Jersey is one of the Channel Islands. Together with a number of small, mainly uninhabited islands, it forms the Bailiwick of Jersey which is a British Crown Dependency.
The Jersey railway opened in 1870 as a standard (4ft 8½in, 1435mm) gauge line from the capital, St Helier, to St Aubin. Another company started construction on a 3ft 6in (1067mm) gauge line from St Aubin to La Moye, but went bankrupt before its completion. The unfinished line was taken over by the original company, which converted its line to 3ft 6in (1067mm) gauge in order to provide a through route from St Helier to La Moye. The combined line was later extended to Corbière, giving a total route length of 8½ miles (13.7km). The line closed in 1926.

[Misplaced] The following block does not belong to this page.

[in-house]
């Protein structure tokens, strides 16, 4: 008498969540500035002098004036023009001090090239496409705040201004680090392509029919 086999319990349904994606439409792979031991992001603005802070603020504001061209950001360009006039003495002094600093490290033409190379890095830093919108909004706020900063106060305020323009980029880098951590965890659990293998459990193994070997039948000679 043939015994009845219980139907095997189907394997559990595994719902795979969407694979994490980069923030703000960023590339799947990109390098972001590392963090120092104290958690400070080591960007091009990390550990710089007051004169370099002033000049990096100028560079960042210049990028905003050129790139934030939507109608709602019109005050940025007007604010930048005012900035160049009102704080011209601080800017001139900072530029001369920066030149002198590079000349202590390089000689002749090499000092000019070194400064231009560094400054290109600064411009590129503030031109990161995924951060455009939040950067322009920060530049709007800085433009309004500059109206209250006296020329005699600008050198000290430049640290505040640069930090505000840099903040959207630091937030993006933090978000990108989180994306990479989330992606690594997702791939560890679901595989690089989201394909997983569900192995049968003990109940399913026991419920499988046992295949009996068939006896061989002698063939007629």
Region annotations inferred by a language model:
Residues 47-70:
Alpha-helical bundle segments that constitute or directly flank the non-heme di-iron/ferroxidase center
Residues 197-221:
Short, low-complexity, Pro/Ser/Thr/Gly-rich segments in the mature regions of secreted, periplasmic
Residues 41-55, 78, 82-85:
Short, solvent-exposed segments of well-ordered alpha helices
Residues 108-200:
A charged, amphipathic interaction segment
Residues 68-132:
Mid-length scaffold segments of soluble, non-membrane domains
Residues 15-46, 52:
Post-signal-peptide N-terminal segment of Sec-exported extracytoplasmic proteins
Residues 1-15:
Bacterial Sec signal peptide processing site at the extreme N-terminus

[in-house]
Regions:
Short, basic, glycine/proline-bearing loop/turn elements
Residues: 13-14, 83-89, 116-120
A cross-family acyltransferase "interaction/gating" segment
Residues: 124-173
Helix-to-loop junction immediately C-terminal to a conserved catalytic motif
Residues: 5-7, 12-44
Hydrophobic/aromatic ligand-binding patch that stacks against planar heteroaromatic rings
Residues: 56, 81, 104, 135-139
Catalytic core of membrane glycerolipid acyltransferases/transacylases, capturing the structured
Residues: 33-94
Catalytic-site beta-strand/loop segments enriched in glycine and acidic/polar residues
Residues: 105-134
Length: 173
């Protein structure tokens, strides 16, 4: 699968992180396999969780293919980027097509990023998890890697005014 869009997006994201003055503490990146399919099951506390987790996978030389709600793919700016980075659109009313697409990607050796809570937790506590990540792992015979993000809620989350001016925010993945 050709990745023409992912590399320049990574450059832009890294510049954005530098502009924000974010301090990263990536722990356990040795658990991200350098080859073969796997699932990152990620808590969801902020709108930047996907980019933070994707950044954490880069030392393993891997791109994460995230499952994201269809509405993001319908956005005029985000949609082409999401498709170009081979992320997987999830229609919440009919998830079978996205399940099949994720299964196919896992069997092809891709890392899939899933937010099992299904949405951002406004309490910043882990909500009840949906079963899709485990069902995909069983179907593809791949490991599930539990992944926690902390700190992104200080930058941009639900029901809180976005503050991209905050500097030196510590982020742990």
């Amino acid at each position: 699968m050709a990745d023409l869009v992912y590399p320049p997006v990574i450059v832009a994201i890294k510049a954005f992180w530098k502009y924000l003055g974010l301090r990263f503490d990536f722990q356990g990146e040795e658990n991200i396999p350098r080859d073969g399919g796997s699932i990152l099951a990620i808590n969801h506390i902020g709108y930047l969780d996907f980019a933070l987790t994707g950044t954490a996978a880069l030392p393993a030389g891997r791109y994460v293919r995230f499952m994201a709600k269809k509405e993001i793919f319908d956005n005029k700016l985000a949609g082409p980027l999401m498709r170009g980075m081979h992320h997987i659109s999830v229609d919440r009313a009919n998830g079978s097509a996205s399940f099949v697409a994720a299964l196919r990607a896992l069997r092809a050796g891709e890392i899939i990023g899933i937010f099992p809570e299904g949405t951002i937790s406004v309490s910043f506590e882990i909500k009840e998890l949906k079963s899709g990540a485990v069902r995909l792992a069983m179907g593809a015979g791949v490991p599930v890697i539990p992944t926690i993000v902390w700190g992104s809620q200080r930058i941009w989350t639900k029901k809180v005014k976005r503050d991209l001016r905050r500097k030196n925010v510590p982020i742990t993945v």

A separate standard gauge line, the Jersey Eastern Railway, opened in 1873 between St Helier and Grouville, later extended to Gorey, a total route length of 6¾ miles (10.8km). It closed in 1929.
During World War II, the occupying German forces laid down a number railways of 600mm and metre gauge for military purposes. These utilised in part the trackbeds of both of the closed railways. These military lines were dismantled after the liberation.
Several of the stations of the original lines survive as public buildings. Various sections of the former trackbeds are now footpaths.
In the 1990s, the Pallot museum opened a short passenger carrying railway in its grounds, using historic equipment from the UK mainland.